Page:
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than others with all the assistance of wind and tide; and yet that is a true judgment which we form of ourselves from our situation with others, whether we are on a line with them, or before them.

LETTER XXXIX.

10th November. T Begin to think my situation more ■*. tolerable: I am much occupied; and the number of actors, and the different parts they play, make a very amusing variety in the scene. I have made an acquaintance with the Count of C—, and I esteem him B 3 more more and more every day. He is a man of strong understanding and, great discernment: but though he: sees farther than other people, he isnot therefore cold in his temper and manner; his sensibility surpasses all; his other qualities. One morning that I went to speak to him upon business, he expressed a friendship for me; by the first word he perceived that we understood each other, and that he might talk to me in a style different from that he made use of with most of the others

I cannot express the satisfaction I receive from the openness of his conduct with regard to me. It i*

the the greatest of pleasures when a delicate mind thus lays itself open to one. ■'

LETTER XL.'

December 24. T Foresaw it; the minister occasions ■*- me a number of vexations. 'Tis the most punctilious blockhead under heaven ; he goes on step by step, with the trifling minuteness of ah old woman. But how can a man be pleased with other people who is never satisfied with himself? I like to go on with business regularly and B 4 with with alacrity; and when it is finished, that it should be finished. But not so with him; he is capable of returning my draught to me, and saying, " It will do; but go over it again however, there is always something to correct ; one may find a better phrase, or a properer word."—I then lose all patience, and wish myself at the devil. Not a conjunction, not one connecting word must be omitted ; and as tc the transpositions, which I like, and which flow naturally from my pen, he is their mortal foe. If every sentence is not expressed exactly in the style of the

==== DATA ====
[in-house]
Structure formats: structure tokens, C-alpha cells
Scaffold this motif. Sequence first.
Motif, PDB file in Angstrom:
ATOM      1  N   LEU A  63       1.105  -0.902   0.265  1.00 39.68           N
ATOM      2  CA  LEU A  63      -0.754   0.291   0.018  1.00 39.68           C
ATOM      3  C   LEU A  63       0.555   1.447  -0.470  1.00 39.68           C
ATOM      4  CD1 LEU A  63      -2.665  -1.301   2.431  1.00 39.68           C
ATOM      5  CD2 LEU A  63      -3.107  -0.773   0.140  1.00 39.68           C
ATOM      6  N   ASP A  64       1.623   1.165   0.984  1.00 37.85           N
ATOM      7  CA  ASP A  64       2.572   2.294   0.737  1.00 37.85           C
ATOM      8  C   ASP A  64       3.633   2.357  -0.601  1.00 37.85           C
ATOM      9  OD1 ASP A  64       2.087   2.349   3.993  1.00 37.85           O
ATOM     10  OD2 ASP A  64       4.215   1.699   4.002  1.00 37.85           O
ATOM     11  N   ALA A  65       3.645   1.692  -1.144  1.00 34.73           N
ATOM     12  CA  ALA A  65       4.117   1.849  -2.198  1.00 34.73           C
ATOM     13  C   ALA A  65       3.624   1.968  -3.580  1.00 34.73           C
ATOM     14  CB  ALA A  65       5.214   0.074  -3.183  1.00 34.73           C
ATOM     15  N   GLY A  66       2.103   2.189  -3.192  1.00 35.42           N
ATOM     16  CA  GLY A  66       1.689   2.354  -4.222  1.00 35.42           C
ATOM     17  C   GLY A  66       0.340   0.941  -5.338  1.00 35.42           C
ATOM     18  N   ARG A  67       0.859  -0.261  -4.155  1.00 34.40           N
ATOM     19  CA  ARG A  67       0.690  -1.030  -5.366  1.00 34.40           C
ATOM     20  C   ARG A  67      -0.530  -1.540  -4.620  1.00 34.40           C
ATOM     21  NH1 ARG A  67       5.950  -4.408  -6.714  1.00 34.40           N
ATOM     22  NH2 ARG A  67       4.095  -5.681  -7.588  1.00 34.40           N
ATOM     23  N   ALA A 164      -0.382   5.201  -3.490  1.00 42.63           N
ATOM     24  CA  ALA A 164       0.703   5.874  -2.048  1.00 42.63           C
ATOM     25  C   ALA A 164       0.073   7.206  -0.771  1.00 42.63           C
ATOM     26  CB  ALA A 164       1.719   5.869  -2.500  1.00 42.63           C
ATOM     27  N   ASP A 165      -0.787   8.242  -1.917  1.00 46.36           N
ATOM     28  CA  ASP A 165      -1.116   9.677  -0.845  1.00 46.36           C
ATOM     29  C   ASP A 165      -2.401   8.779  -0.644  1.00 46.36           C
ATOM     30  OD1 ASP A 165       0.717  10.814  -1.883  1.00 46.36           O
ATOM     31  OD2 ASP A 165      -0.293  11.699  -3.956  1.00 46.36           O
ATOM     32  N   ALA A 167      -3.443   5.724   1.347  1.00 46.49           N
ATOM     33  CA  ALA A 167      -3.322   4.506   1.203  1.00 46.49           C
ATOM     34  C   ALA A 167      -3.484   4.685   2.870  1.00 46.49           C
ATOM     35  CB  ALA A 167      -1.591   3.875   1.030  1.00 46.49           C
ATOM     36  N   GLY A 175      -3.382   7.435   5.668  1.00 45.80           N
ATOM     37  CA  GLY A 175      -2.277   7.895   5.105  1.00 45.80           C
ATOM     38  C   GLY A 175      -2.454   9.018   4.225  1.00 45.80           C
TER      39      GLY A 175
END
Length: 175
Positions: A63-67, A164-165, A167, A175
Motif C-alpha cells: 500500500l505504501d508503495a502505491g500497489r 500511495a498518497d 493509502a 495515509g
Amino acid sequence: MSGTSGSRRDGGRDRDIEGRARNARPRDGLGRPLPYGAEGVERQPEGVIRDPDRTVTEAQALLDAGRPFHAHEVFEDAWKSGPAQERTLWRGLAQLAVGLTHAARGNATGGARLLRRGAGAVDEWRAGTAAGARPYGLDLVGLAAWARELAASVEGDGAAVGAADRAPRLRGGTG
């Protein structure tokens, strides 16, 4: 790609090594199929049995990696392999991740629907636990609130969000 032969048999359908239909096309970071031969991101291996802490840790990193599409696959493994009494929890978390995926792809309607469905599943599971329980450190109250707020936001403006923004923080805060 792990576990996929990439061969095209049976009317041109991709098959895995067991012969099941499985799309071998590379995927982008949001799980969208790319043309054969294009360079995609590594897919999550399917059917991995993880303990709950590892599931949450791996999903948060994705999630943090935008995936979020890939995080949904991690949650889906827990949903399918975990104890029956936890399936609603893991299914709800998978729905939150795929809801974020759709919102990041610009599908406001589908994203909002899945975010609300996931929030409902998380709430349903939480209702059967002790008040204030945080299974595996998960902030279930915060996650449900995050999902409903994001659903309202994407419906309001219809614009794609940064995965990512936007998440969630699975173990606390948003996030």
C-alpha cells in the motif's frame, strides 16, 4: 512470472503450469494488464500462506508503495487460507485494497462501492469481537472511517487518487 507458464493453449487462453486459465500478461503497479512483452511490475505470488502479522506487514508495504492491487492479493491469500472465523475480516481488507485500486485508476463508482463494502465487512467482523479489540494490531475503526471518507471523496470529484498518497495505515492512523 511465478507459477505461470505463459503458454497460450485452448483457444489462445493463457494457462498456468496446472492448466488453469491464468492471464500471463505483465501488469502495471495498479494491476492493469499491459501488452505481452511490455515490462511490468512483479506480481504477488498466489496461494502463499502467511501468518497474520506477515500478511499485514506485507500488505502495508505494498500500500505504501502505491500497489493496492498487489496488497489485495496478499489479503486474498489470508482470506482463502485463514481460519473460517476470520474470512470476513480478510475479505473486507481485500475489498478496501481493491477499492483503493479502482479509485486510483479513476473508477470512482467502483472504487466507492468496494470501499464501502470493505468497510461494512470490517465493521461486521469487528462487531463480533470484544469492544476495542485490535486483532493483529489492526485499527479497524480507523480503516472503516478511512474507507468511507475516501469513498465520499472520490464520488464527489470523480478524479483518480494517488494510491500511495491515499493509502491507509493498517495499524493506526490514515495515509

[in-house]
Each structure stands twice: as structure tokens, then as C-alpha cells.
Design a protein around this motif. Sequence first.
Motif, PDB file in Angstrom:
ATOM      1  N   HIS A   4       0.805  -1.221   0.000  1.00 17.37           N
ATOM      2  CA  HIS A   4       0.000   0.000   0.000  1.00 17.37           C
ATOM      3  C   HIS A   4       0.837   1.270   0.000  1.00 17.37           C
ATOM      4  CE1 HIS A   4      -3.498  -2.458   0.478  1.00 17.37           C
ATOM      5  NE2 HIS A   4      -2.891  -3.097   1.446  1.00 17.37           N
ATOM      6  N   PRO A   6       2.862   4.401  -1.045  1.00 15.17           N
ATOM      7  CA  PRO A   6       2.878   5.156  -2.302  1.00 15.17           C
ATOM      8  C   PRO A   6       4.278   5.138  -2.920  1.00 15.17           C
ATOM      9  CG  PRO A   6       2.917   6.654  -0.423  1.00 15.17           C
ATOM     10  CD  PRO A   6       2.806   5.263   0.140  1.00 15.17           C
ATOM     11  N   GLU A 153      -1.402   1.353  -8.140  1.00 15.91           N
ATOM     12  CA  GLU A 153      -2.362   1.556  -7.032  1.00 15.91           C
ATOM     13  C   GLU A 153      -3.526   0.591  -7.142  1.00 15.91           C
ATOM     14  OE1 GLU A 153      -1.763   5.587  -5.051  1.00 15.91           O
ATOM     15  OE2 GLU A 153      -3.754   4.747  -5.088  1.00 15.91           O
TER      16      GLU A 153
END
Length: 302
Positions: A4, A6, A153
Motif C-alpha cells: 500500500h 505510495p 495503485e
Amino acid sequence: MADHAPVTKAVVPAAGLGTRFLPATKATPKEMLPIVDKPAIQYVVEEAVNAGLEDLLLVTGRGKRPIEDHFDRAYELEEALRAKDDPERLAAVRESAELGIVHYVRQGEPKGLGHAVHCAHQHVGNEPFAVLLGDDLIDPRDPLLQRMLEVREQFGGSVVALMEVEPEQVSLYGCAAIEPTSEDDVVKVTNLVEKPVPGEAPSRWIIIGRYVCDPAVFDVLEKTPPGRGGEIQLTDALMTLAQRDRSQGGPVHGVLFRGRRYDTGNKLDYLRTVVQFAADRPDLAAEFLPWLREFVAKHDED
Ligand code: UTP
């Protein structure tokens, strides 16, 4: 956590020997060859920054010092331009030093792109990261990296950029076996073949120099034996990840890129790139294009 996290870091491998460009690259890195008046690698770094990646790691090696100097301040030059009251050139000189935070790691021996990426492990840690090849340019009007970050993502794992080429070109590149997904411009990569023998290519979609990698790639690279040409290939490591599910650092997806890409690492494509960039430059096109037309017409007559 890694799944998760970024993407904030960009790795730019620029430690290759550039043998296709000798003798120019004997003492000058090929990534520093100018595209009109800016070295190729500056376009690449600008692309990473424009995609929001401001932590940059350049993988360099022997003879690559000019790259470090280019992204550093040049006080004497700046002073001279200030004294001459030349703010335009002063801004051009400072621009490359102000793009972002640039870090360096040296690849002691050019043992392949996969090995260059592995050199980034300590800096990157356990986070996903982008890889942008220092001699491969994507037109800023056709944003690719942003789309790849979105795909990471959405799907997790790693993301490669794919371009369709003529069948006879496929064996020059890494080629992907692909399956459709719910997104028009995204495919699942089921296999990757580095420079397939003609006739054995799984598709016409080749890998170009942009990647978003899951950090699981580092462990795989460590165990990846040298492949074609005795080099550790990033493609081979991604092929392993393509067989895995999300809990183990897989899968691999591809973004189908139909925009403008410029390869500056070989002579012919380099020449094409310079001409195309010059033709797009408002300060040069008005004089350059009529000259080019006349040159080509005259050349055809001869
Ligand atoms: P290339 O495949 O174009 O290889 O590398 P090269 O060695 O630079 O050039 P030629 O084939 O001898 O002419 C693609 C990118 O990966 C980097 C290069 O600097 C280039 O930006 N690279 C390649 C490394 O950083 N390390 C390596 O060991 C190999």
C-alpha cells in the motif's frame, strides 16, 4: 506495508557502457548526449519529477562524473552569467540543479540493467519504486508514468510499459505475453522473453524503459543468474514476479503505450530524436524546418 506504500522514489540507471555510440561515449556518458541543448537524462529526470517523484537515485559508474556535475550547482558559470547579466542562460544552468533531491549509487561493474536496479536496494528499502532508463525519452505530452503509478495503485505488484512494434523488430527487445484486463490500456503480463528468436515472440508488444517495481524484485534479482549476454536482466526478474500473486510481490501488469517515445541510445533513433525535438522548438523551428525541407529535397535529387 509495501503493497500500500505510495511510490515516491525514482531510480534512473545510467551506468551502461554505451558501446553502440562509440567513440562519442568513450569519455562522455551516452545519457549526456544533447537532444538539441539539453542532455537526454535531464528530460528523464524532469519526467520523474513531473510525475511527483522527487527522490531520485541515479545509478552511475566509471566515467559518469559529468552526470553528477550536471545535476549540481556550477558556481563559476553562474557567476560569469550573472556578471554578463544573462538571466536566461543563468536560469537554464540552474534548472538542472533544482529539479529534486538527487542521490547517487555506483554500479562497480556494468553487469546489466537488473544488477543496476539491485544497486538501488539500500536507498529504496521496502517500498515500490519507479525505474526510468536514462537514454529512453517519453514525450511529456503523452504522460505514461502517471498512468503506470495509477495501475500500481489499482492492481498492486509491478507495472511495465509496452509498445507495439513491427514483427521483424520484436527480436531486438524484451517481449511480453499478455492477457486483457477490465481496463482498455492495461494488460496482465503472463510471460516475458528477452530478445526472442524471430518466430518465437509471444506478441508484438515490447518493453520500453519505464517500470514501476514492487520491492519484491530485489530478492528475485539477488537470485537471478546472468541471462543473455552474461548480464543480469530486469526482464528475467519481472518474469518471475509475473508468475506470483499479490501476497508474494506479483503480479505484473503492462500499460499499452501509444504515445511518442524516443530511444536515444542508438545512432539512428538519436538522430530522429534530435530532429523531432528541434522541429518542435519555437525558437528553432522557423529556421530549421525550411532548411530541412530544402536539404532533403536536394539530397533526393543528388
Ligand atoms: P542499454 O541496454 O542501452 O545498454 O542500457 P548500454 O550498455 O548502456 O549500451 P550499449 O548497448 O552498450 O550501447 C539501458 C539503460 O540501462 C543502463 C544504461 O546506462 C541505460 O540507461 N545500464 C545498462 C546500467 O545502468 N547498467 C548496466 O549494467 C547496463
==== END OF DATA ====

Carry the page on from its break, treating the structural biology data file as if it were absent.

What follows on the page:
office, ©slice, he is quite lost. 'Tis deplorable to have any connection with such a personage,

The only thing which gives me satisfaction, is my intimacy with Count C—. He very frankly told me the other day, how much he was displeased with the difficulties and delays of the minister; that people of his cast must make every thing troublesome to themselves, and to others: " But," added he, *' one must submit, as a traveller that is obliged to climb over a mountain; if the mountain was not in the way, his road would undoubtedly be ihorter and more convenient, but in

fine,

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